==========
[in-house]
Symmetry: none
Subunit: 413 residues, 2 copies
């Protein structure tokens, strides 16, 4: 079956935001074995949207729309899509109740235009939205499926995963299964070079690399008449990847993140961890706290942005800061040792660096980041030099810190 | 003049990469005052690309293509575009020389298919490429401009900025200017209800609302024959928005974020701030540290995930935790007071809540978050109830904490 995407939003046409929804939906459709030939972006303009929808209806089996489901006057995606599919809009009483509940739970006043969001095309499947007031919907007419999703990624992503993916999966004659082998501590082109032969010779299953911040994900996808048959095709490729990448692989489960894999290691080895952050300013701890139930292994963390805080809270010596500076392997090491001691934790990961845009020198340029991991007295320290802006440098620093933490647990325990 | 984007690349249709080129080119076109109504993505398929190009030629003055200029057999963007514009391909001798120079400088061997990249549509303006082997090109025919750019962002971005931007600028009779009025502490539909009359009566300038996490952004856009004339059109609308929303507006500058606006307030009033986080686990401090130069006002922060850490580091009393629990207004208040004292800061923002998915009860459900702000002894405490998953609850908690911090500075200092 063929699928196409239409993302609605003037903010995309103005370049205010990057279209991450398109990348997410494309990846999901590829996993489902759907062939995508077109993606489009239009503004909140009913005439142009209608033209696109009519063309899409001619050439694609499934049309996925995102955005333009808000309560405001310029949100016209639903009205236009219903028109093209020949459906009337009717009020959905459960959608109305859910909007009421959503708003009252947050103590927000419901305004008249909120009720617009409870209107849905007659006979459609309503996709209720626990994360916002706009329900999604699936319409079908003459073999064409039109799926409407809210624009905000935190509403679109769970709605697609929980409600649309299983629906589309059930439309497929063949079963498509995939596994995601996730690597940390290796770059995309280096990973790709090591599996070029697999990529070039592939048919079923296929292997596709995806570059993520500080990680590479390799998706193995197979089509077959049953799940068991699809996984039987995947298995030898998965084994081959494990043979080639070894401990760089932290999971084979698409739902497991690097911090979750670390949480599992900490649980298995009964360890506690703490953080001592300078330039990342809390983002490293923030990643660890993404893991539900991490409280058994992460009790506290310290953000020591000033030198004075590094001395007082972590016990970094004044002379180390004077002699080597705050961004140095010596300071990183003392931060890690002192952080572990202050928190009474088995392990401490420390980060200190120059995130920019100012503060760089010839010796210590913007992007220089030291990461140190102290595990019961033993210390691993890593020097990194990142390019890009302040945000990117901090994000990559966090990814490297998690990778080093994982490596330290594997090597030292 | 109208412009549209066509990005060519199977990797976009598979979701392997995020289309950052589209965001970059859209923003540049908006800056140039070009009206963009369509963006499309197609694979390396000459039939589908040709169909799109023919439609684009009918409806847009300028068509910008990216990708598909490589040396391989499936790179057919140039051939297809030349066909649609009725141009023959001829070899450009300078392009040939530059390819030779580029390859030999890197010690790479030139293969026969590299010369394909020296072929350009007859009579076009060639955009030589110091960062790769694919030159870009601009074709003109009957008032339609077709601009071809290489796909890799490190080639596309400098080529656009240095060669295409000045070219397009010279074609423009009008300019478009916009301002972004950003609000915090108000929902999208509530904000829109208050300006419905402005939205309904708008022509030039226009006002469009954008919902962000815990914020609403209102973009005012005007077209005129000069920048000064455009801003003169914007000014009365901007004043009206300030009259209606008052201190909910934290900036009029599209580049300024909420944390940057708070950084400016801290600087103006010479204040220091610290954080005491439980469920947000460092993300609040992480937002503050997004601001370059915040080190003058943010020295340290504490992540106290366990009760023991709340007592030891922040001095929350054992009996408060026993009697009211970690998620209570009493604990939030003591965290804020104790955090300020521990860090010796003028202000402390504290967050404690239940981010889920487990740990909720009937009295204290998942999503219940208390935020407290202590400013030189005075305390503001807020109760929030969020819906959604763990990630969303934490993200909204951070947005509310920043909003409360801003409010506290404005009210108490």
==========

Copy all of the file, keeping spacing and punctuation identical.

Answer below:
[in-house]
Symmetry: none
Subunit: 413 residues, 2 copies
């Protein structure tokens, strides 16, 4: 079956935001074995949207729309899509109740235009939205499926995963299964070079690399008449990847993140961890706290942005800061040792660096980041030099810190 | 003049990469005052690309293509575009020389298919490429401009900025200017209800609302024959928005974020701030540290995930935790007071809540978050109830904490 995407939003046409929804939906459709030939972006303009929808209806089996489901006057995606599919809009009483509940739970006043969001095309499947007031919907007419999703990624992503993916999966004659082998501590082109032969010779299953911040994900996808048959095709490729990448692989489960894999290691080895952050300013701890139930292994963390805080809270010596500076392997090491001691934790990961845009020198340029991991007295320290802006440098620093933490647990325990 | 984007690349249709080129080119076109109504993505398929190009030629003055200029057999963007514009391909001798120079400088061997990249549509303006082997090109025919750019962002971005931007600028009779009025502490539909009359009566300038996490952004856009004339059109609308929303507006500058606006307030009033986080686990401090130069006002922060850490580091009393629990207004208040004292800061923002998915009860459900702000002894405490998953609850908690911090500075200092 063929699928196409239409993302609605003037903010995309103005370049205010990057279209991450398109990348997410494309990846999901590829996993489902759907062939995508077109993606489009239009503004909140009913005439142009209608033209696109009519063309899409001619050439694609499934049309996925995102955005333009808000309560405001310029949100016209639903009205236009219903028109093209020949459906009337009717009020959905459960959608109305859910909007009421959503708003009252947050103590927000419901305004008249909120009720617009409870209107849905007659006979459609309503996709209720626990994360916002706009329900999604699936319409079908003459073999064409039109799926409407809210624009905000935190509403679109769970709605697609929980409600649309299983629906589309059930439309497929063949079963498509995939596994995601996730690597940390290796770059995309280096990973790709090591599996070029697999990529070039592939048919079923296929292997596709995806570059993520500080990680590479390799998706193995197979089509077959049953799940068991699809996984039987995947298995030898998965084994081959494990043979080639070894401990760089932290999971084979698409739902497991690097911090979750670390949480599992900490649980298995009964360890506690703490953080001592300078330039990342809390983002490293923030990643660890993404893991539900991490409280058994992460009790506290310290953000020591000033030198004075590094001395007082972590016990970094004044002379180390004077002699080597705050961004140095010596300071990183003392931060890690002192952080572990202050928190009474088995392990401490420390980060200190120059995130920019100012503060760089010839010796210590913007992007220089030291990461140190102290595990019961033993210390691993890593020097990194990142390019890009302040945000990117901090994000990559966090990814490297998690990778080093994982490596330290594997090597030292 | 109208412009549209066509990005060519199977990797976009598979979701392997995020289309950052589209965001970059859209923003540049908006800056140039070009009206963009369509963006499309197609694979390396000459039939589908040709169909799109023919439609684009009918409806847009300028068509910008990216990708598909490589040396391989499936790179057919140039051939297809030349066909649609009725141009023959001829070899450009300078392009040939530059390819030779580029390859030999890197010690790479030139293969026969590299010369394909020296072929350009007859009579076009060639955009030589110091960062790769694919030159870009601009074709003109009957008032339609077709601009071809290489796909890799490190080639596309400098080529656009240095060669295409000045070219397009010279074609423009009008300019478009916009301002972004950003609000915090108000929902999208509530904000829109208050300006419905402005939205309904708008022509030039226009006002469009954008919902962000815990914020609403209102973009005012005007077209005129000069920048000064455009801003003169914007000014009365901007004043009206300030009259209606008052201190909910934290900036009029599209580049300024909420944390940057708070950084400016801290600087103006010479204040220091610290954080005491439980469920947000460092993300609040992480937002503050997004601001370059915040080190003058943010020295340290504490992540106290366990009760023991709340007592030891922040001095929350054992009996408060026993009697009211970690998620209570009493604990939030003591965290804020104790955090300020521990860090010796003028202000402390504290967050404690239940981010889920487990740990909720009937009295204290998942999503219940208390935020407290202590400013030189005075305390503001807020109760929030969020819906959604763990990630969303934490993200909204951070947005509310920043909003409360801003409010506290404005009210108490």